- The Washington Times - Sunday, March 26, 2000

The law cherishes the reliance upon reasonable expectations. The Food and Drug Administration and Congress acted and spoke for more than 50 years on the assumption the regulation of tobacco products was outside the agency's jurisdiction. Then in 1996, like Paul on the road to Damascus, the FDA received an epiphany to the contrary, but more likely from the White House than from the heavens.

Under its newly minted interpretation of the Food, Drug and Cosmetic Act, the agency insisted nicotine is an unsafe and dangerous "drug" and that cigarettes and smokeless tobacco are "drug delivery devices" within its domain. Accordingly, the FDA by rule fastened a marketing albatross on the tobacco industry calculated to slash the incidence of smoking among youths.

Last Tuesday, the U.S. Supreme Court arrested the agency's double-cross by a razor-thin 5-4 margin in FDA vs. Brown & Williamson Tobacco Corp. (March 21, 2000), speaking through Justice Sandra Day O'Connor. What was at stake was less the future of the tobacco industry in the United States (that seems bleak at best) than the honoring of customary rules of discourse between Congress and executive agencies aimed at protecting both congressional prerogatives and the reasonable investment expectations of private industry.

The FDCA empowers the FDA to regulate both "drugs" and "devices." The former is defined to include non-food articles "intended to affect the structure or any function of the body," and the latter to include any drug delivery contrivance. Undisputed was the fact nicotine carries significant and well-known pharmacological effects: It exerts psychoactive, or mood-altering, effects on the brain that foster addiction and it tranquilizes, stimulates and controls weight. Further uncontested was the fact that cigarettes and smokeless tobacco deliver nicotine to the body. Read in isolation, the FDCA definitions made a strong case for the agency's claimed jurisdiction.

But provisions of regulatory charters are presumptively intended to live more as a harmonious extended family than like the clashing Montagues and Capulets on the streets of Verona. If the FDA's annexation of tobacco products to its domain was authorized, the FDCA would require an absolute ban on the sale of cigarettes, not simply marketing restrictions, raising the specter of a second but unimproved edition of Prohibition. The law explicitly directs the agency to purge from the marketplace any drug or device that is unsafe or dangerous to health when used as intended and without offsetting therapeutic benefits.

Under that standard, cigarettes are guilty beyond a reasonable doubt. The FDA found that "[m]ore than 400,000 people die each year from tobacco-related illnesses, such as cancer, respiratory illnesses, and heart disease," and that "[t]obacco alone kills more people each year in the United States than … AIDS, car accidents, alcohol, homicides, illegal drugs, suicides, and fires combined." And the consumption of tobacco products is not therapeutic.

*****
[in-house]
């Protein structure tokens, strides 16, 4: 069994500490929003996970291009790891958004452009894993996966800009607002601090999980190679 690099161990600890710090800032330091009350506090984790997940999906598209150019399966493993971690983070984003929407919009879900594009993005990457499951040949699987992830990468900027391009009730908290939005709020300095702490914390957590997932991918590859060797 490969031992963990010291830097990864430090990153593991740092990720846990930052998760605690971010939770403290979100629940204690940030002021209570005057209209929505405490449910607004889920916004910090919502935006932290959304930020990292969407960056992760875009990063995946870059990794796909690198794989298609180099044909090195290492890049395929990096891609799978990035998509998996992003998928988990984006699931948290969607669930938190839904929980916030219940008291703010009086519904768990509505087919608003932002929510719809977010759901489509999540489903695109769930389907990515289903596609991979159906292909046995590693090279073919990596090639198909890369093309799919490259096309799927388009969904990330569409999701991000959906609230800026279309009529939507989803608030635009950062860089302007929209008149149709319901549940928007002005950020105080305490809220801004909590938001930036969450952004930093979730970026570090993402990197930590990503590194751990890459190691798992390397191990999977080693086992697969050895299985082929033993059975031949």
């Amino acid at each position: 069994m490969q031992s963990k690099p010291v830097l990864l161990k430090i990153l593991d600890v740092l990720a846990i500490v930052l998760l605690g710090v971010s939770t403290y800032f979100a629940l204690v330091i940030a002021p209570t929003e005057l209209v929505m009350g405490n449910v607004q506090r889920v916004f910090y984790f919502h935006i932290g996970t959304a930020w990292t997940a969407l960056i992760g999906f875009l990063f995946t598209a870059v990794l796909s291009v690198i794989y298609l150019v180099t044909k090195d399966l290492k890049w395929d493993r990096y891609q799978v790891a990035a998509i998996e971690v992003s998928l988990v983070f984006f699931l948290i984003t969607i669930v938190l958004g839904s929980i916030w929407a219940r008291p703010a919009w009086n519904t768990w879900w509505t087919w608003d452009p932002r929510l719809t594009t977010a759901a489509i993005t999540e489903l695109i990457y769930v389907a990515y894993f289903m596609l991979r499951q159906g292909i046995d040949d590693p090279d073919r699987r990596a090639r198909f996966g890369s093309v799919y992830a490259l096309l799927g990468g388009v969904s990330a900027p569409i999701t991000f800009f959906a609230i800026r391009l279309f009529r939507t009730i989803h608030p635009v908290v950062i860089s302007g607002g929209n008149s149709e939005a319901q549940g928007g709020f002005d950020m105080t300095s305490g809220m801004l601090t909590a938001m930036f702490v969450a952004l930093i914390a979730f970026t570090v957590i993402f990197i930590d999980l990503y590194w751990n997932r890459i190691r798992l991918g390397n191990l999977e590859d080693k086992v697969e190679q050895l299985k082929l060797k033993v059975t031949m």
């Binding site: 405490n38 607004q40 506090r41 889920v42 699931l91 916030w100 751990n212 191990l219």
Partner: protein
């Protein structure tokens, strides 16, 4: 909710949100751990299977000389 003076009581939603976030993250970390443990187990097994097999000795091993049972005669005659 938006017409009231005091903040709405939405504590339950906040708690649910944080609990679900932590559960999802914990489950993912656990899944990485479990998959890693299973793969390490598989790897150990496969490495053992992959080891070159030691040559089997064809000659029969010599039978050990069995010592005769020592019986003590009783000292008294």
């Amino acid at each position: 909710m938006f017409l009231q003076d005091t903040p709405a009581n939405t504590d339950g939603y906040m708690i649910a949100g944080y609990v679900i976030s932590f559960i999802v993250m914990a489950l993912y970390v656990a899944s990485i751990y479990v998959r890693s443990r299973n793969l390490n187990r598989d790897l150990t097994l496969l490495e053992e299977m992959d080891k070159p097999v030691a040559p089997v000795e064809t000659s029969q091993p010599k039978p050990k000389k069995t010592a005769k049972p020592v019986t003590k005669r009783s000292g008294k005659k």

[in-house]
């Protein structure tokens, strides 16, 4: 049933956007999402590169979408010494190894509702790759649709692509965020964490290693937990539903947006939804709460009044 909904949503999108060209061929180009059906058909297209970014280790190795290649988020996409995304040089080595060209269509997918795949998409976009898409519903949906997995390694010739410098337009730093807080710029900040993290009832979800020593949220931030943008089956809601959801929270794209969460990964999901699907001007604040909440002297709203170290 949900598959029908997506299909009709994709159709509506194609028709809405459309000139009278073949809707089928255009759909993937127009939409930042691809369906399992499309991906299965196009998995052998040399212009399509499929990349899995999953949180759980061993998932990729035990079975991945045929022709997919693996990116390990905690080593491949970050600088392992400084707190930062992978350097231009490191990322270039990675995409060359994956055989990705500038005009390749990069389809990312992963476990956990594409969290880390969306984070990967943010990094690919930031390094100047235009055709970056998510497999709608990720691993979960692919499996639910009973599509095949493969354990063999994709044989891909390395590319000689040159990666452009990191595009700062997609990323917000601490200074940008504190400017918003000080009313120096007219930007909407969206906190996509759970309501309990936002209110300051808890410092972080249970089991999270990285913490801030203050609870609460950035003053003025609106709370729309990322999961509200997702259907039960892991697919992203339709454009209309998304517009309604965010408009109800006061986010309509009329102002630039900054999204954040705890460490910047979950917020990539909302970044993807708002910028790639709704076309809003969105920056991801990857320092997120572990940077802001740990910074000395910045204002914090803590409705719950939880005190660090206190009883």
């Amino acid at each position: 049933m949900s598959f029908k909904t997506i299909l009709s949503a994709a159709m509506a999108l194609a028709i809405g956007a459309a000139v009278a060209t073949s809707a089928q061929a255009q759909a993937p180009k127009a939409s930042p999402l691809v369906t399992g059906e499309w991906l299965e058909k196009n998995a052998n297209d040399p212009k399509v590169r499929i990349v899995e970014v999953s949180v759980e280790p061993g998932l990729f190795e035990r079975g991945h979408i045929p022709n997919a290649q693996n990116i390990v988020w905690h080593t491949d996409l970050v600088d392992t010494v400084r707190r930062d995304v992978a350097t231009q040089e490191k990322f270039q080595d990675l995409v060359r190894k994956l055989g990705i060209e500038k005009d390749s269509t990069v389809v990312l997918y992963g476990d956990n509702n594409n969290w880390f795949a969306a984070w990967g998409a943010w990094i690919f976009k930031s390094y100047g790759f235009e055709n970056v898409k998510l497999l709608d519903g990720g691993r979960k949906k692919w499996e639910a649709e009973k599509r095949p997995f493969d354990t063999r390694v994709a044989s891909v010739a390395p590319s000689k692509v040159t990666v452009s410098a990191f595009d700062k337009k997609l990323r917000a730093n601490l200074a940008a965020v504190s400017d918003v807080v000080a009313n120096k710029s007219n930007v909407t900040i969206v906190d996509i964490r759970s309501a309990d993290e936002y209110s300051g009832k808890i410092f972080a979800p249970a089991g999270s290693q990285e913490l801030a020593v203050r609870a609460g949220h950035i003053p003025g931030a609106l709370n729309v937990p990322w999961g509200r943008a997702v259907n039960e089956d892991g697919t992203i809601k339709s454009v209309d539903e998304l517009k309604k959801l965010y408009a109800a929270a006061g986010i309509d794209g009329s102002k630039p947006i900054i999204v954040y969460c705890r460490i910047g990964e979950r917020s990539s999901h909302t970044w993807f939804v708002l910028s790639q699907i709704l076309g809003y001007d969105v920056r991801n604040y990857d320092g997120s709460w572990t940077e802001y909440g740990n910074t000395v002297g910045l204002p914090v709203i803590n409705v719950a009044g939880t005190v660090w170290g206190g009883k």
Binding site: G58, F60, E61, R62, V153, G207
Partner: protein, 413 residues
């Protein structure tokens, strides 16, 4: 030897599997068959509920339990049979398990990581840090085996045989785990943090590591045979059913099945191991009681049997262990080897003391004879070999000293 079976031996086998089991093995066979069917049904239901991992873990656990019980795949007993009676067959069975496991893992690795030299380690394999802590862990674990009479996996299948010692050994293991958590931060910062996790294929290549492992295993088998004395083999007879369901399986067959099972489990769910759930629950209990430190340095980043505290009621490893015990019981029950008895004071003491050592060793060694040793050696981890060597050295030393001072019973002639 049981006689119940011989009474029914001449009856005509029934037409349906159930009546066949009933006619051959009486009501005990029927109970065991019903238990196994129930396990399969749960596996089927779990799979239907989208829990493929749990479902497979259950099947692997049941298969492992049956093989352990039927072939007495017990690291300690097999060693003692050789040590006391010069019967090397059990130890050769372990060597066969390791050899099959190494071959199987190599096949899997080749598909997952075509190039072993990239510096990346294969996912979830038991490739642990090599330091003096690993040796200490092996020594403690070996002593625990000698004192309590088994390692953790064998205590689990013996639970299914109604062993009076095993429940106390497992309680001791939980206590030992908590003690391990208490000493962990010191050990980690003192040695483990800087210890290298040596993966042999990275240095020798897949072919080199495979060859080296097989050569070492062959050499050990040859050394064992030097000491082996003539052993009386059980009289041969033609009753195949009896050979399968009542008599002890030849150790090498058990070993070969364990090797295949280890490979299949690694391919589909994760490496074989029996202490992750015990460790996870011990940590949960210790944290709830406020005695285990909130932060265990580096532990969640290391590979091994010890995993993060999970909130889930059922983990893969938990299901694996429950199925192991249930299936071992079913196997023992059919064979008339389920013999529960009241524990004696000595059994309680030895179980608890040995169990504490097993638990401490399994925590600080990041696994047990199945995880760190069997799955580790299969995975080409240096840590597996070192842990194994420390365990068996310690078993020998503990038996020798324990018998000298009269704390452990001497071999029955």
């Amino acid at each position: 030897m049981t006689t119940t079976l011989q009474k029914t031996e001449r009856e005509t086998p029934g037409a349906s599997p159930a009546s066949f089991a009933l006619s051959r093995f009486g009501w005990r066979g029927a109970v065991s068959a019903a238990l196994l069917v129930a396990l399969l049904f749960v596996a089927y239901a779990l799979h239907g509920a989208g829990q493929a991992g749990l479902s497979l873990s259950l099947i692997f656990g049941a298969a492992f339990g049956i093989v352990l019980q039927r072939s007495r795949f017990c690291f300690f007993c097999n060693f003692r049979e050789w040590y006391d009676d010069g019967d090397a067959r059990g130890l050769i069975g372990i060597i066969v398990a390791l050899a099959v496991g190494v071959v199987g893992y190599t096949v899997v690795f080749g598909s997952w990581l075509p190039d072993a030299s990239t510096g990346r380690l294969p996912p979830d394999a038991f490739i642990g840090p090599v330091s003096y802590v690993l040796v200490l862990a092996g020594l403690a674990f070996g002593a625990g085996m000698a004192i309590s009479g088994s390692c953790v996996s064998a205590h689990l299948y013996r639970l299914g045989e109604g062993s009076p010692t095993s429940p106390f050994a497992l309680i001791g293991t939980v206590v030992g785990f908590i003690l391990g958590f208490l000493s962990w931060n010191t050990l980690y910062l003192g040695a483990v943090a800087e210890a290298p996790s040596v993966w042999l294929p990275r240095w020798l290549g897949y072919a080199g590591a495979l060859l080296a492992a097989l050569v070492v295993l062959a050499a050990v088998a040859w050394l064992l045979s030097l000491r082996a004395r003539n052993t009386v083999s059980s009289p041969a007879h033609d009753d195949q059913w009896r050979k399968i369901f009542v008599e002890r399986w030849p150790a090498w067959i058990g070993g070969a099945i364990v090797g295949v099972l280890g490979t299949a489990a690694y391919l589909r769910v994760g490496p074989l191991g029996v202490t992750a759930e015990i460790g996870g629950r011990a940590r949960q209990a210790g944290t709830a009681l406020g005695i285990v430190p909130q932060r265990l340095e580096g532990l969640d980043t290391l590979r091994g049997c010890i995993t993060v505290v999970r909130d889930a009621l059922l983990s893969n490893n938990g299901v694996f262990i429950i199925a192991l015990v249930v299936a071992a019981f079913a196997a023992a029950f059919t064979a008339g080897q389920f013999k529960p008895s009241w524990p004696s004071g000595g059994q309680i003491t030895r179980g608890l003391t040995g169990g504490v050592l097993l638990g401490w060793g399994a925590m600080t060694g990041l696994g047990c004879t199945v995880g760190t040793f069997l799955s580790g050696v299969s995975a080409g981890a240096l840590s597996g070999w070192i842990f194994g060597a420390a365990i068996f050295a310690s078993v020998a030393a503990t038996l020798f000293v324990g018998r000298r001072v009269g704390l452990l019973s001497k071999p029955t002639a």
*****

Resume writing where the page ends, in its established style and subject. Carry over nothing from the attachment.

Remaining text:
Thus, then FDA Commissioner Charles Edwards in 1964 informed Congress that an extension of agency jurisdiction to reach cigarettes would compel their exclusion from the market. Congress, however, has all but expressly withheld that jurisdictional gambit.

On six occasions since 1965 and amidst commonplace knowledge of the health hazards of tobacco products, Congress has embraced a non-FDA regulatory scheme confined to advertising, labeling and health warnings to consumers, and erected a no-trespass regulatory sign for all would-be agency poachers. It rejected several bills to crown the FDA as a tobacco czar. As prologue to these actions, the surgeon general told Congress in 1964 that the FDA lacked authority under existing laws to control tobacco advertising. Like the lesson King Canute administered his flatterers when he sat on the seashore and forbade the tide to come in, that modesty was exhibited again the following year, when FDA Deputy Commissioner Winton Rankin testified that "[t]he Food and Drug Administration has no jurisdiction under the Food, Drug and Cosmetic Act over tobacco, unless it bears drug claims." Indeed, that was the consistent refrain of the agency for decades through both Democrat and Republican administrations until the volte-face under President William Jefferson Clinton, an addict to the idea that consistency is the hobgoblin of small minds.

Also telling was the atypically swift action of Congress to overturn a lower court decision in 1975 ordering the Consumer Product Safety Commission to exercise jurisdiction over cigarettes under the Hazardous Substances Act. Congress adopted legislation unambiguously eliminating such authority, and an accompanying Senate Report explained its purpose was to "unmistakably reaffirm the clear mandate of Congress that the basic regulation of tobacco and tobacco products is governed by the legislation dealing with the subject, … and that any further regulation in this sensitive and complex area must be reserved for specific congressional action."

Canons of construction characteristically sport equal and opposite canons. One teaches that agency interpretations of charter statutes should generally be respected out of an assumed expertise. Another preaches against novel interpretations with revolutionary regulatory implications that would flabbergast Congress and crush an immense industry reasonably believed legal. Wasn't the latter decisively more convincing in Brown & Williamson?



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